ERBIL, Iraq — With the referendum on independence in the Kurdistan Region of Iraq scheduled for Sept. 25, the fate of the large number of displaced Iraqis and Syrian refugees in the region is unknown.
On Aug. 31, Iraqi Prime Minister Haider al-Abadi announced the liberation of Tal Afar and Ninevah province, which was preceded by the liberation of the city of Mosul on July 10. But are the hundreds of thousands who fled from the Islamic State (IS) to the displacement camps in the Kurdistan Region going home anytime soon?
According to official data from these camps, as of Aug. 10, there was a population movement from/to the displacement camps and residents’ original areas in Ninevah province.
Karzan Noori, the head of the Erbil office of BCF, a nongovernmental organization that oversees the management of 15 camps for displaced Iraqis and Syrian refugees within Erbil province, told Al-Monitor that while there is widespread willingness among the displaced to return to their original areas, little has been done, especially on the part of the Iraqi government, to facilitate their return. He said, “The concerned Iraqi government bodies have done almost nothing in the newly liberated areas to ensure the safety and security of returnee families, provide public service and reconstruct the collapsed infrastructure."
Muslih Irwani, the chair of the Center for Peace and Human Security at the American University of Kurdistan in Dahuk, said that while the displaced enjoy security in the Kurdistan Region, a similar level of security is far from being achieved currently in the areas they originate from. He told Al-Monitor, “There are many security issues, tension and conflict in the areas recently taken back from IS.”
With a population of just over 5 million, Iraqi Kurdistan has been hosting more than 1.4 million displaced Iraqis and Syrian refugees who fled their homes as a result of the fighting that has been raging in the region since 2011. The Christian minority, which has been living in central and northern Iraq for two millennia, was among the first wave of displacement in the region. However, the IS assault on Iraq that started in 2014 touched almost all communities in Iraqi society, forcing hundreds of thousands to leave their ancestral home and seek refuge in the Kurdistan Region and the peshmerga-controlled disputed areas.
The military operation to retake the city of Mosul, which started on Oct. 17, 2016, resulted in a massive exodus of civilians fleeing death and destruction in the war-torn areas in Mosul and the surrounding towns and villages toward safe shelters located between the cities of Erbil and Mosul. According to UNHCR data, the number of displaced people from Mosul currently stands at just over 830,000. According to data obtained by Al-Monitor from BCF staff, more than 150,000 people stay in five large camps located on the outskirts of the Erbil governorate.
According to the World Bank, the Kurdistan Regional Government (KRG) has had to deal with the massive increase in the population while grappling with the economic crisis that hit the region in early 2014. In addition, the already fragile socio-economic situation of Iraqi Kurdistan worsened due to the Iraqi central government’s decision to halt all fiscal transfers from Baghdad to Erbil in February 2014. These developments have forced the KRG to depend entirely on revenues from oil exports, which have plummeted since 2014, to pay its large number of government employees.
While the 720,000 government employees in the Kurdistan Region have been receiving less than half of their monthly salaries since the end of 2015, community-based humanitarian initiatives have been supporting the official efforts with generous contributions by local private companies and individuals.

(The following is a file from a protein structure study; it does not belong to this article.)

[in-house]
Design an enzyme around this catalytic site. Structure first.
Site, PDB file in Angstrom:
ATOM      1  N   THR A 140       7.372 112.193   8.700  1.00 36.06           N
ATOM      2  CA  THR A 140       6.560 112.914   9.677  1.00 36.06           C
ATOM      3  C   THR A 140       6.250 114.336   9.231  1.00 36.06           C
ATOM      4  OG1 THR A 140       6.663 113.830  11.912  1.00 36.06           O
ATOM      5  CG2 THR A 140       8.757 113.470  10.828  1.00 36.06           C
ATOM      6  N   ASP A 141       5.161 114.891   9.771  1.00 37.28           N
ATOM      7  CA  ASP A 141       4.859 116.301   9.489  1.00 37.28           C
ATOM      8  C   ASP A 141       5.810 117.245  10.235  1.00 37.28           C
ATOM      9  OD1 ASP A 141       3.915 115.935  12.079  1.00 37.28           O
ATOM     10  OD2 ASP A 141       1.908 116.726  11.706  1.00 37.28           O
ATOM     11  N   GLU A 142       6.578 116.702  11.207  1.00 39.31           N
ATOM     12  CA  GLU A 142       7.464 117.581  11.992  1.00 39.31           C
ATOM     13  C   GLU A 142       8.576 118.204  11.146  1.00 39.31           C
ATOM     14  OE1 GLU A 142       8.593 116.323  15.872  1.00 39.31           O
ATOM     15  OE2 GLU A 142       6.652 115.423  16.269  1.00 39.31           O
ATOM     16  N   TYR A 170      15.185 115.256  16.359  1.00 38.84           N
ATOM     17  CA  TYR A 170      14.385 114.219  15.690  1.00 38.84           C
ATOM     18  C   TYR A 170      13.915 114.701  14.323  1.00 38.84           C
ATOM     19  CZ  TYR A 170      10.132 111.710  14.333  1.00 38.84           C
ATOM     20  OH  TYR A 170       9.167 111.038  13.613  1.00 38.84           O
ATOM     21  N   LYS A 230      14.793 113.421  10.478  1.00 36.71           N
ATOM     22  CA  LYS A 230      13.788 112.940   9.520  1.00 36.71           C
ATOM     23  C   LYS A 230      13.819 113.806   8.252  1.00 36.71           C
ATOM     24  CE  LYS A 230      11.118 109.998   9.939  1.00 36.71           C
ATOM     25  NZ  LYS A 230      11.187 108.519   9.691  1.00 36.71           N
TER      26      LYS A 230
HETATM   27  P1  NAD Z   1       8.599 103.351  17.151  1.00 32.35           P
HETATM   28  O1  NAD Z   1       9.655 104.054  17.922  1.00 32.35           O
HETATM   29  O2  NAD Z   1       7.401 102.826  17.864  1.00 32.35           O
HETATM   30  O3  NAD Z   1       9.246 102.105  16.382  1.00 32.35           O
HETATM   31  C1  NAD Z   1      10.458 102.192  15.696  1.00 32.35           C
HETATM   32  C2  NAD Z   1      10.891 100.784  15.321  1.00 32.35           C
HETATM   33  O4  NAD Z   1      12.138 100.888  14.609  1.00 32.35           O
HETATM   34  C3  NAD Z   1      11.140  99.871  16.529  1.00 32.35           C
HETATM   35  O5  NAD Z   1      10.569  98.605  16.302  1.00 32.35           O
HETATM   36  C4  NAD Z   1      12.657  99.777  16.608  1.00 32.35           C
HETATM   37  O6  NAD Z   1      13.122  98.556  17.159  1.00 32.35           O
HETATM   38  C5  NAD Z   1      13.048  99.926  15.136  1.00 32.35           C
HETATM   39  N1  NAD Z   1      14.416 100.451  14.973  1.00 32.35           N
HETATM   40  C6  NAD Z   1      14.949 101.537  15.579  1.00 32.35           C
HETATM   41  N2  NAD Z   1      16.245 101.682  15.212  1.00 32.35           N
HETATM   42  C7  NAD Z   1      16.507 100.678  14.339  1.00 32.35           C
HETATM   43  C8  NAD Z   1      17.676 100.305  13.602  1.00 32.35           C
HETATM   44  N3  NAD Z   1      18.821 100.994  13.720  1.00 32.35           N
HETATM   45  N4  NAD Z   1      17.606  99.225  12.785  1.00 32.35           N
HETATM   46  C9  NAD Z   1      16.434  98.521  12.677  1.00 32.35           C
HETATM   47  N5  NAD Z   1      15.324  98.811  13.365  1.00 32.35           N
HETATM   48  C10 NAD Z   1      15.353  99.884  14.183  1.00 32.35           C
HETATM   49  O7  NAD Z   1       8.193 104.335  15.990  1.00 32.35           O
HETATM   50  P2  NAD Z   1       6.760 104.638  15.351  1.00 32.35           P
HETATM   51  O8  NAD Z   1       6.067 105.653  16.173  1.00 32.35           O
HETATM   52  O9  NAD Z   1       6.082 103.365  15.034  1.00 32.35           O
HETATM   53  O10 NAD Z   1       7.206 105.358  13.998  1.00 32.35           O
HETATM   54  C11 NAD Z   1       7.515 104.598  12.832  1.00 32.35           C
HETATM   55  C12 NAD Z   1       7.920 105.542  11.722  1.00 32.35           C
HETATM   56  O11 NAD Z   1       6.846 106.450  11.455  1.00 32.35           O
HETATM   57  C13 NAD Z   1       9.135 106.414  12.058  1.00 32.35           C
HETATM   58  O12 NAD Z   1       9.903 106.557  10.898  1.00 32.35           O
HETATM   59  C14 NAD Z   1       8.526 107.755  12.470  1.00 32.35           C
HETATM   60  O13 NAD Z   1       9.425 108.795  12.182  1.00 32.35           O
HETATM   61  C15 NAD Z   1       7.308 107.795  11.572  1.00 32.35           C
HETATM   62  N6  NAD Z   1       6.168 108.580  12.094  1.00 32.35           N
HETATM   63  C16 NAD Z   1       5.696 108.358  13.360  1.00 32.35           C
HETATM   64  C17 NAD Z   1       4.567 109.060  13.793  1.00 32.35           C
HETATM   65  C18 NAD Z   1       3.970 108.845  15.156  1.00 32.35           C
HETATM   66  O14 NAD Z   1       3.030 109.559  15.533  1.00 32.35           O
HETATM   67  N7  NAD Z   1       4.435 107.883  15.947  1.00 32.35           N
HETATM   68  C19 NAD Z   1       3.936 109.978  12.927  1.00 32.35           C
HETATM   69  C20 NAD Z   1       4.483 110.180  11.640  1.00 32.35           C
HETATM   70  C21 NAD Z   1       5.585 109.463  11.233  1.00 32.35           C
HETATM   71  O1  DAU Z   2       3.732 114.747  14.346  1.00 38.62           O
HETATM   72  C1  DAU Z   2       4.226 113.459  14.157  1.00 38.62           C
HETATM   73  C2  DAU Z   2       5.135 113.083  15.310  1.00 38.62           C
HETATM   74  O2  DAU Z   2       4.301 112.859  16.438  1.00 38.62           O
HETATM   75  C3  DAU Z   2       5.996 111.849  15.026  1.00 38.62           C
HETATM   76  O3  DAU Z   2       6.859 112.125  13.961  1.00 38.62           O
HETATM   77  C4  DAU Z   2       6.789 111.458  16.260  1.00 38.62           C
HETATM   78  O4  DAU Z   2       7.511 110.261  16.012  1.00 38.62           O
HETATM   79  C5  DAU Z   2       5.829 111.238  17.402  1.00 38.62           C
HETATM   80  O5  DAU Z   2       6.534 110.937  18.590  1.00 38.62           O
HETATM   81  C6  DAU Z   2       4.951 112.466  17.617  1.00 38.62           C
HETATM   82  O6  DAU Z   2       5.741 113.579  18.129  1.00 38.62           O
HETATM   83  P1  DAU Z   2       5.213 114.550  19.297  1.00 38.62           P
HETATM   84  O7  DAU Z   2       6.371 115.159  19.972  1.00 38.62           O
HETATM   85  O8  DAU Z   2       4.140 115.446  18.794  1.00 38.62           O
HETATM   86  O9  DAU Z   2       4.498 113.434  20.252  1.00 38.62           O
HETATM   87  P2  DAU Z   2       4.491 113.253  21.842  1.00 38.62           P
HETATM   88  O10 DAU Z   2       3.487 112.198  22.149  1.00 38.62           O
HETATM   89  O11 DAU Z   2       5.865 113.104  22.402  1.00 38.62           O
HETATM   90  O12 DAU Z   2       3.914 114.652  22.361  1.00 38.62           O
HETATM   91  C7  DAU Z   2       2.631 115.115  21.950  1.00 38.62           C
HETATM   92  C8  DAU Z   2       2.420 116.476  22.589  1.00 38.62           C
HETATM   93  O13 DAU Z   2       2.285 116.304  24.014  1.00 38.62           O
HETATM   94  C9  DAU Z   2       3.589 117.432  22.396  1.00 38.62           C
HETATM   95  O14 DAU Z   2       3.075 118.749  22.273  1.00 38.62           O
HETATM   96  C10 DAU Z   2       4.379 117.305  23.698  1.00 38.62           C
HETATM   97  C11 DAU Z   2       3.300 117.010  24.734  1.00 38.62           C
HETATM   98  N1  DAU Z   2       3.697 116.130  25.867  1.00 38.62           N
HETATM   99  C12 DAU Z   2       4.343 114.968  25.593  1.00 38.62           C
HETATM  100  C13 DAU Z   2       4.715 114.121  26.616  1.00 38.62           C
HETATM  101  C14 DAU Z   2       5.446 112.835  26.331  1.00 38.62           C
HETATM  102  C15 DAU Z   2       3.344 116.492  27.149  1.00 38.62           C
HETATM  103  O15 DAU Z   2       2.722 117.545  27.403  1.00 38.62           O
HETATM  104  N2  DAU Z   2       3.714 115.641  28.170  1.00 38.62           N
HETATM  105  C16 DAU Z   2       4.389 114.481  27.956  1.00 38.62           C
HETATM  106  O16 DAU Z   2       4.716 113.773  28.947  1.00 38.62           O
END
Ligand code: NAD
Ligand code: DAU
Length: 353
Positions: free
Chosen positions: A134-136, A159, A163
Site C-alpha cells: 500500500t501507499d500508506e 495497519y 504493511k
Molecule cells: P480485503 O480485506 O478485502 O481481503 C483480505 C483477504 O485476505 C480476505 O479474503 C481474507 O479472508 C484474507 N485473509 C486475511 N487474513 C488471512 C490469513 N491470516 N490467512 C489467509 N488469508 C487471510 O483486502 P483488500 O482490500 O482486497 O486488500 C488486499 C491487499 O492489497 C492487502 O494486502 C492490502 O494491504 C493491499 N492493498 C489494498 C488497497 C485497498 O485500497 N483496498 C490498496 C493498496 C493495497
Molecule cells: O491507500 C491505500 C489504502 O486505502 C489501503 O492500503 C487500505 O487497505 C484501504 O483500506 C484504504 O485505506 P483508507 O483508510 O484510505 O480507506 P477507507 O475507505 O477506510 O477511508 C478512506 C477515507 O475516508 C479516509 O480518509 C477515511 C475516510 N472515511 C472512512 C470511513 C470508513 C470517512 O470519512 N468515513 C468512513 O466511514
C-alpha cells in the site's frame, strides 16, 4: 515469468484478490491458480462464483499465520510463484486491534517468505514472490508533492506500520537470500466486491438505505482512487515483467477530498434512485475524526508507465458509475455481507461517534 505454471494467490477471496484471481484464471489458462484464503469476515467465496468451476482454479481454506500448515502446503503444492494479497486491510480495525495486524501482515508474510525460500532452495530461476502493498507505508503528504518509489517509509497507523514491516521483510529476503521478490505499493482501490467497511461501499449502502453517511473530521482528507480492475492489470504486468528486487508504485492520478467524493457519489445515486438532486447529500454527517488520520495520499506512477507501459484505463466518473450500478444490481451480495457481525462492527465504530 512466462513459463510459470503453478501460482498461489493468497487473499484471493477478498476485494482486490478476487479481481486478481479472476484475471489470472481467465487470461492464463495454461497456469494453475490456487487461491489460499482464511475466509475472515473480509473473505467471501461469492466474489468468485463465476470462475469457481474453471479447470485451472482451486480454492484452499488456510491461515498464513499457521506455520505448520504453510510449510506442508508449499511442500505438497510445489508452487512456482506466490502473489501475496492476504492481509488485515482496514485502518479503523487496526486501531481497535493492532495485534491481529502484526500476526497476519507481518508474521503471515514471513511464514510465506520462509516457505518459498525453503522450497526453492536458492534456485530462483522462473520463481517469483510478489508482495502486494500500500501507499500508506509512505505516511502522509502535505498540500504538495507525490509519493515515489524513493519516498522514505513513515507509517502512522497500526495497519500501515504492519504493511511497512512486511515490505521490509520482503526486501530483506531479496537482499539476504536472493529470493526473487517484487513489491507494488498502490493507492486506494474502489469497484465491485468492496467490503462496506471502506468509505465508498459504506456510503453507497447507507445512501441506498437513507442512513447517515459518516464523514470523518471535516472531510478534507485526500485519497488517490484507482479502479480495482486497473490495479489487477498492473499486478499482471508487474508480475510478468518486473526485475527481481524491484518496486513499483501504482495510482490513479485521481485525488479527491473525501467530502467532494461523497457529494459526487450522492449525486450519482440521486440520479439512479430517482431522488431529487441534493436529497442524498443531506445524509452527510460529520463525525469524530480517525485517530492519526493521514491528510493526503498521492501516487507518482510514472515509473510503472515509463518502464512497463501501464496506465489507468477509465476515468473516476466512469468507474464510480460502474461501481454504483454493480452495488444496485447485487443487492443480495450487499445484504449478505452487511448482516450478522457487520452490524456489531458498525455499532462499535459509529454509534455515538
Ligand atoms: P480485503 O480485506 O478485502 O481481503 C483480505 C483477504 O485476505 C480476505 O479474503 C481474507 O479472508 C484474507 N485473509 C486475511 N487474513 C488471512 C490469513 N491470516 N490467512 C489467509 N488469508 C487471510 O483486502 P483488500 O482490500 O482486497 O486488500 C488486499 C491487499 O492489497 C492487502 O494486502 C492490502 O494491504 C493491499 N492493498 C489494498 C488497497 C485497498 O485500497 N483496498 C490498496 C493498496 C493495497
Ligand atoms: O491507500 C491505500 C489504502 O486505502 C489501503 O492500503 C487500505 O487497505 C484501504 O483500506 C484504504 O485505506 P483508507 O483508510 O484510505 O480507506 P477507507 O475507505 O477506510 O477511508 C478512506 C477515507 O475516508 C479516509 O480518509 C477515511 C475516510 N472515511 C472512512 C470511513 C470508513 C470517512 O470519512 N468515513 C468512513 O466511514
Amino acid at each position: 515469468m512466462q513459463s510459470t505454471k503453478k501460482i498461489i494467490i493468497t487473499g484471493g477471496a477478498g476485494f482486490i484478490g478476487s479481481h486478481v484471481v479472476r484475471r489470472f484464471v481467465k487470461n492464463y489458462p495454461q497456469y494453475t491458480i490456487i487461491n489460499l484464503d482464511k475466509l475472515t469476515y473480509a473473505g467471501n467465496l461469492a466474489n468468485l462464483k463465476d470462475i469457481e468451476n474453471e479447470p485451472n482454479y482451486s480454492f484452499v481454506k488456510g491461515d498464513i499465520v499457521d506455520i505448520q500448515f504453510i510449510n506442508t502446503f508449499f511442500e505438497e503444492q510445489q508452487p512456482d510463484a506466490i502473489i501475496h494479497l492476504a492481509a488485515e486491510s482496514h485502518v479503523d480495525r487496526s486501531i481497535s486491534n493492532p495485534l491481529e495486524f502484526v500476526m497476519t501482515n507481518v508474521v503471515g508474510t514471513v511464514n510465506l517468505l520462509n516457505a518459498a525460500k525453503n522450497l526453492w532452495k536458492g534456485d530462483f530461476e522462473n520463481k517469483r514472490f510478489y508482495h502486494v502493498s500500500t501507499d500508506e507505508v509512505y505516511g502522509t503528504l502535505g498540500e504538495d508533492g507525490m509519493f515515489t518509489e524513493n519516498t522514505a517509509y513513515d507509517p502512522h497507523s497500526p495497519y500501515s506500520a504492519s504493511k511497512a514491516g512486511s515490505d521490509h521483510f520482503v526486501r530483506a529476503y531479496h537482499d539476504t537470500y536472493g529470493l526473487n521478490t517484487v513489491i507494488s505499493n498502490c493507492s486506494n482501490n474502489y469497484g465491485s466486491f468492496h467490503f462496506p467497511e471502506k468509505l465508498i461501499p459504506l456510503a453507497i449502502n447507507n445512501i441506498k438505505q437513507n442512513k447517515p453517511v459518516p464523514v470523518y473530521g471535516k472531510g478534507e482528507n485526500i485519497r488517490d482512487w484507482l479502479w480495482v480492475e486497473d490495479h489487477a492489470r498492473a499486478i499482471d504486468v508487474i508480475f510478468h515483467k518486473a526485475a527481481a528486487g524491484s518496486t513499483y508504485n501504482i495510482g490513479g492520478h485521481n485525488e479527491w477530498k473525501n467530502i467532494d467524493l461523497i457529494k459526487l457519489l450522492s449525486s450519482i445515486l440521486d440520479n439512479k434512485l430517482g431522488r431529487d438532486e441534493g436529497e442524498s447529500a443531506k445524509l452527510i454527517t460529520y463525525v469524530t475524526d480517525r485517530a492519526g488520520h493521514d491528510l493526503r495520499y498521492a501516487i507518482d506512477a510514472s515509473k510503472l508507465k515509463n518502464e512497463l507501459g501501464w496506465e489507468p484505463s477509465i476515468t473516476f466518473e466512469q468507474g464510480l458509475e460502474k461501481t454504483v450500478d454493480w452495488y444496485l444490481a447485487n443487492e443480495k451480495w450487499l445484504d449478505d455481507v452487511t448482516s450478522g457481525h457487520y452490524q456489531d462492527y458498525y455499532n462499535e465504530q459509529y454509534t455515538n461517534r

Realistic and long-term policy rearrangements in Iraqi Kurdistan, both nationally and globally, are needed. Whether the large displaced and refugee populations will stay in the Kurdistan Region or return home — given land claims, nationalistic concerns, integration and social cohesion — is of paramount importance. The outcome of the referendum on independence may bear an immediate effect on the fate of the current humanitarian situation in Iraqi Kurdistan. Although it may be too soon to predict the fate of the Iraqi displaced population following a yes vote, it is highly likely that their continued presence could turn into a new source of tension between the Iraqi government and the Kurdistan Region.
The possible demographic impact of displaced Iraqi Arabs in the Kurdistan Region has been described as a "time bomb" by some Kurdish nationalists. This may partly explain the growing tendency toward independence over the last few years following the influx of displaced Iraqis into the region.
While Sunni Arabs make up the majority of the displaced in the Kurdistan Region — some of whom originate from the disputed areas between Baghdad and Erbil — the majority of Syrian refugees are ethnic Kurds from northern Syria. According to Irwani, evidence-based research indicates that "IDPs [internally displaced people] are less accepted than refugees by the host communities."
In case Iraqi Kurdistan opts for independence, the large number of displaced Iraqis will become refugees overnight, adding another source of tension to the already troubled relationship between Erbil and Baghdad. Al-Monitor tried to obtain the opinion of a number of Kurdish officials on this issue, but they refused to comment, saying the issue is "too politically sensitive" at this particular time.
Over the last few years, the Kurdistan Region of Iraq has been a safe haven for the displaced and refugees and maintained stable intercommunity relations. However, the outcome of the referendum may have implications on the fate of this safe sanctuary.
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